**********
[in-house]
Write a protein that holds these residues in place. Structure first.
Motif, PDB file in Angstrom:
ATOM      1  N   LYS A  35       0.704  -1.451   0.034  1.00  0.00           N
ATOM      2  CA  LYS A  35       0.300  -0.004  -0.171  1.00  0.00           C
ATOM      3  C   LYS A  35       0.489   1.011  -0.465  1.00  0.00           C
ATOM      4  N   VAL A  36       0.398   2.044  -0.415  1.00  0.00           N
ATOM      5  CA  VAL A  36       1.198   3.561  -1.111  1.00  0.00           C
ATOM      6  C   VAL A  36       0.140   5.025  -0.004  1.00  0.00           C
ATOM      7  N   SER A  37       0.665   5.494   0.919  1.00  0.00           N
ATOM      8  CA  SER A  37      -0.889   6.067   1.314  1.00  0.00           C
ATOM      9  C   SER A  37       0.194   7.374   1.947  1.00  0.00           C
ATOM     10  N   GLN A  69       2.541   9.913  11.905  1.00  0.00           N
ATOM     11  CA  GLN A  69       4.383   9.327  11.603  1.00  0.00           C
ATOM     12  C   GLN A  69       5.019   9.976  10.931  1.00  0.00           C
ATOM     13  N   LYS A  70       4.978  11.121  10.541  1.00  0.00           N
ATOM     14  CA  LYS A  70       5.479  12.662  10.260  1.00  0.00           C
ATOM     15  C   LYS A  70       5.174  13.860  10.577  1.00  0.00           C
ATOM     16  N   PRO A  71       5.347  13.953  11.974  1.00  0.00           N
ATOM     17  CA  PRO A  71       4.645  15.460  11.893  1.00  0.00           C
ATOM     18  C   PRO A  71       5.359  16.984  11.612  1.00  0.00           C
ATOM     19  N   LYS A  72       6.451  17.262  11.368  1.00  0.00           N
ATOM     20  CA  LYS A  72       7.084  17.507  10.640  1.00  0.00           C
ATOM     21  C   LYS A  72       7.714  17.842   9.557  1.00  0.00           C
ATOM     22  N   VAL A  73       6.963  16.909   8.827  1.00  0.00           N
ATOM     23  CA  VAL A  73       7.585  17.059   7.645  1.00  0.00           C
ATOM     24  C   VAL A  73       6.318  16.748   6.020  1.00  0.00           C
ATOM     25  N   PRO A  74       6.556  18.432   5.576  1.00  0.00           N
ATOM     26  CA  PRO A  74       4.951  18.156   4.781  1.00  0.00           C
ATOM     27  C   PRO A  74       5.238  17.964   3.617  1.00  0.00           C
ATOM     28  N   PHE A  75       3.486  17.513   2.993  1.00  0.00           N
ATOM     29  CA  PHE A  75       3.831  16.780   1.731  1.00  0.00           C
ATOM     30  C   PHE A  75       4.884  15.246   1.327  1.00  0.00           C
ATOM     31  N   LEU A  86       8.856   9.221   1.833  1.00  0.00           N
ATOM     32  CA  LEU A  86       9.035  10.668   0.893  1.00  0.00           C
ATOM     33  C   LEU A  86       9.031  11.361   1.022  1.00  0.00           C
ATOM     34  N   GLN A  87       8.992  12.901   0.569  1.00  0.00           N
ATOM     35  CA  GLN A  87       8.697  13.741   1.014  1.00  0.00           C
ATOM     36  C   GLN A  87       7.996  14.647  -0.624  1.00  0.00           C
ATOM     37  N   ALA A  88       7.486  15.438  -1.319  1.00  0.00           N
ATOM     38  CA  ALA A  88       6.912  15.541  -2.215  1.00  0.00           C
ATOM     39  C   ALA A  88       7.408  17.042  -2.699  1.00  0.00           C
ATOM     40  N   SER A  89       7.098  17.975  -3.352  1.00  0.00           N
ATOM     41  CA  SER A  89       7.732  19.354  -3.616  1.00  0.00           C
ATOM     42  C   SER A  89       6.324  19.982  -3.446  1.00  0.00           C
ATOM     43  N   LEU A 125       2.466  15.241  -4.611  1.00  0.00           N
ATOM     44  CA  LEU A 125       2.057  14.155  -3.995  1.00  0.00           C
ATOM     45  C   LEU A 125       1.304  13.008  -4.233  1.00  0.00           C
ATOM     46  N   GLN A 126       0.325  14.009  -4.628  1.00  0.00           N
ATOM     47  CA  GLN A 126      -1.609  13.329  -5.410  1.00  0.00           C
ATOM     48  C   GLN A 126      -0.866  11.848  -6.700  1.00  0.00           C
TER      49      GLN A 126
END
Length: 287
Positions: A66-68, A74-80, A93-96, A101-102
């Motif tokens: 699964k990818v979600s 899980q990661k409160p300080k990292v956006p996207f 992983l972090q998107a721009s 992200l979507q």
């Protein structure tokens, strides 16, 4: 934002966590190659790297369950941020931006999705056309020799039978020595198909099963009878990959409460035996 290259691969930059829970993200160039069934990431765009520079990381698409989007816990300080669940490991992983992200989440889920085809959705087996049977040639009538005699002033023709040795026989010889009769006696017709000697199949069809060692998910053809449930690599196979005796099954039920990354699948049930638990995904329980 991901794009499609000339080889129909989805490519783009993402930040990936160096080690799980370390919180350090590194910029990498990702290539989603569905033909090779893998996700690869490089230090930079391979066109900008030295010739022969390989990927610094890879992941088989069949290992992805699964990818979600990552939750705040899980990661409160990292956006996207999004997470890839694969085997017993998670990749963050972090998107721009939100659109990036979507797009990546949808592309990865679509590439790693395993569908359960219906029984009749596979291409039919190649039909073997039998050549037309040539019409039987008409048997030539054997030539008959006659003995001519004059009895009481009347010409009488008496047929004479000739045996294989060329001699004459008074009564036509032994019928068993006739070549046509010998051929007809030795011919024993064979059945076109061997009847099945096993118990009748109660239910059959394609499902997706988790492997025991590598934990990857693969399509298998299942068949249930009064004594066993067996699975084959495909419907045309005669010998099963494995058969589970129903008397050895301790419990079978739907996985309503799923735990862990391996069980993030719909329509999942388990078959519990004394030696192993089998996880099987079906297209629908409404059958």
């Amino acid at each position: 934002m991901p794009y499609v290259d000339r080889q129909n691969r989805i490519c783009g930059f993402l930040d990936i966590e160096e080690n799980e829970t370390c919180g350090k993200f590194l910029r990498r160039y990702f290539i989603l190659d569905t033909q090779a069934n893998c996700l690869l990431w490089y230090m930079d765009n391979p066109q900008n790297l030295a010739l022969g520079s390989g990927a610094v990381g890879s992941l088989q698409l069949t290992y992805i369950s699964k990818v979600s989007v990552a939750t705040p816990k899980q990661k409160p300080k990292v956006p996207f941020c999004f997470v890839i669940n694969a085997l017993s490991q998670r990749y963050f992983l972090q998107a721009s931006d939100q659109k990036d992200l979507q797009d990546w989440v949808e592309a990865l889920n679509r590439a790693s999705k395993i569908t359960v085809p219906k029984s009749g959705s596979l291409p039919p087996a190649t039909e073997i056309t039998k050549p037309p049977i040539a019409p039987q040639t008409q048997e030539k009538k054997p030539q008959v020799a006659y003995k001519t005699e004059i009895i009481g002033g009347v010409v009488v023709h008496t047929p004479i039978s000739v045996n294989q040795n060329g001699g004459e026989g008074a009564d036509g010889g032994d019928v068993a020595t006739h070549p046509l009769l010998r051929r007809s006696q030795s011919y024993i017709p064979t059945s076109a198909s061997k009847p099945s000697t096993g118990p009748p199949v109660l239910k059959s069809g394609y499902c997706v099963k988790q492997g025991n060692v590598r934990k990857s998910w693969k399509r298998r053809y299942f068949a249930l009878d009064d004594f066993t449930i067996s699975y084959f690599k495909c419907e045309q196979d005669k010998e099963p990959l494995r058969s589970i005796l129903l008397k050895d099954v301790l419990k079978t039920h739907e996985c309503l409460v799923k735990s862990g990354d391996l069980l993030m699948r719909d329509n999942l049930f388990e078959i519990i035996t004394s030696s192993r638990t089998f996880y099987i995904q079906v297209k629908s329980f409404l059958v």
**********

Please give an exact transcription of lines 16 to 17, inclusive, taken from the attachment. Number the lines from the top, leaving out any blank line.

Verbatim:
ATOM     13  N   LYS A  70       4.978  11.121  10.541  1.00  0.00           N
ATOM     14  CA  LYS A  70       5.479  12.662  10.260  1.00  0.00           C